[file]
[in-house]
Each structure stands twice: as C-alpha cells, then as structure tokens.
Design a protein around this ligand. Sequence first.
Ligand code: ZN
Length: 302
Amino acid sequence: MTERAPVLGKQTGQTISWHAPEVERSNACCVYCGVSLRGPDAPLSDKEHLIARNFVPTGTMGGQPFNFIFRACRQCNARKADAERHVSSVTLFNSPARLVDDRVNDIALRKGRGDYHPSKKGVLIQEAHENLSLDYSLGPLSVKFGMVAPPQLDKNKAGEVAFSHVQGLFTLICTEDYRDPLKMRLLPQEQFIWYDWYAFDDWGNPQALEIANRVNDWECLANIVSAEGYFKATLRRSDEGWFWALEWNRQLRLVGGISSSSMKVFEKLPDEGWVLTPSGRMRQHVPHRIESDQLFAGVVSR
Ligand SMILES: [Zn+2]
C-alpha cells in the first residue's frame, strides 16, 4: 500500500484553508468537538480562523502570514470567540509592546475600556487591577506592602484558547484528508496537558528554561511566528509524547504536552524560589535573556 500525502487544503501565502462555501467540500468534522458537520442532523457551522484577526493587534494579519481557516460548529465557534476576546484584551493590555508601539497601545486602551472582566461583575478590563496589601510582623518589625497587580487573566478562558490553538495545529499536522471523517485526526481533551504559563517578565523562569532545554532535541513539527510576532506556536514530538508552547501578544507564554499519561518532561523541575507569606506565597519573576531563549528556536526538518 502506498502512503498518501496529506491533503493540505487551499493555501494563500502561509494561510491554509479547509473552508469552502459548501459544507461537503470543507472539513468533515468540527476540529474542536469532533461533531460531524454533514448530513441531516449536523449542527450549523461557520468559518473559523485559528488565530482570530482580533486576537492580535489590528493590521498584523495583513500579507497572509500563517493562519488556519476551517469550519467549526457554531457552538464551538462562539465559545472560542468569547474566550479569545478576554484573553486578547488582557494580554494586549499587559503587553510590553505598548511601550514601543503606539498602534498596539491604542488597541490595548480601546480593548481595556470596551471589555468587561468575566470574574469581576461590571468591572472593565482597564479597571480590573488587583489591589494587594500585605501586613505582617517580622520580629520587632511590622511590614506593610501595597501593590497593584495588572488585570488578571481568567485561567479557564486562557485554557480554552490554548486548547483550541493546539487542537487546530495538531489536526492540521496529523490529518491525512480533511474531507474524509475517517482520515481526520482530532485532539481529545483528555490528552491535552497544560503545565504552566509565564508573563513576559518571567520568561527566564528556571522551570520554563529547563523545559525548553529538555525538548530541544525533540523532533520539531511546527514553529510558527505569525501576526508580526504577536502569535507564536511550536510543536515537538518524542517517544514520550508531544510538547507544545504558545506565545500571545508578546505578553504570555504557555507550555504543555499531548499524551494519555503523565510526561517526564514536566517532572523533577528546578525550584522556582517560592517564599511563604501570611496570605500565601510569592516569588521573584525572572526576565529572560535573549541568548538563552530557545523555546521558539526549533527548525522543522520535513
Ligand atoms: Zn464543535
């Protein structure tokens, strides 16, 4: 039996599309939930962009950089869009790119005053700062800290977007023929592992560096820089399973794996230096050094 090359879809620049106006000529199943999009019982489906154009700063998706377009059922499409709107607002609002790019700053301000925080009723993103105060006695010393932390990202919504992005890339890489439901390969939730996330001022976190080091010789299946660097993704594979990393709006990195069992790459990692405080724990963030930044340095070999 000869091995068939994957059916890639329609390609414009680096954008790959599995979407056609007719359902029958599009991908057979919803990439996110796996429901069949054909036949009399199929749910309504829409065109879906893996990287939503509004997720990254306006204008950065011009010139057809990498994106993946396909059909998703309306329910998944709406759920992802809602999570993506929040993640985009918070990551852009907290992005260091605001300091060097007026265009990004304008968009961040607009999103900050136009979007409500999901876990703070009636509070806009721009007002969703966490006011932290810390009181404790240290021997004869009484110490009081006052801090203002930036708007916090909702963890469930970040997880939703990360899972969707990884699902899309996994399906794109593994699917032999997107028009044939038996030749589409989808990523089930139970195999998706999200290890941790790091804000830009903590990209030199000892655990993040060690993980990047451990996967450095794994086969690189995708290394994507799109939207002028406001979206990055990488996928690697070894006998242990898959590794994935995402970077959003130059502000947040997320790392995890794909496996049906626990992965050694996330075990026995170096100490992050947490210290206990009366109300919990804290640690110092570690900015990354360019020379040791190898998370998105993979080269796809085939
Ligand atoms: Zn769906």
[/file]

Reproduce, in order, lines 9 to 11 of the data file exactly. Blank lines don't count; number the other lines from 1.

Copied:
Ligand atoms: Zn464543535
């Protein structure tokens, strides 16, 4: 039996599309939930962009950089869009790119005053700062800290977007023929592992560096820089399973794996230096050094 090359879809620049106006000529199943999009019982489906154009700063998706377009059922499409709107607002609002790019700053301000925080009723993103105060006695010393932390990202919504992005890339890489439901390969939730996330001022976190080091010789299946660097993704594979990393709006990195069992790459990692405080724990963030930044340095070999 000869091995068939994957059916890639329609390609414009680096954008790959599995979407056609007719359902029958599009991908057979919803990439996110796996429901069949054909036949009399199929749910309504829409065109879906893996990287939503509004997720990254306006204008950065011009010139057809990498994106993946396909059909998703309306329910998944709406759920992802809602999570993506929040993640985009918070990551852009907290992005260091605001300091060097007026265009990004304008968009961040607009999103900050136009979007409500999901876990703070009636509070806009721009007002969703966490006011932290810390009181404790240290021997004869009484110490009081006052801090203002930036708007916090909702963890469930970040997880939703990360899972969707990884699902899309996994399906794109593994699917032999997107028009044939038996030749589409989808990523089930139970195999998706999200290890941790790091804000830009903590990209030199000892655990993040060690993980990047451990996967450095794994086969690189995708290394994507799109939207002028406001979206990055990488996928690697070894006998242990898959590794994935995402970077959003130059502000947040997320790392995890794909496996049906626990992965050694996330075990026995170096100490992050947490210290206990009366109300919990804290640690110092570690900015990354360019020379040791190898998370998105993979080269796809085939
Ligand atoms: Zn769906």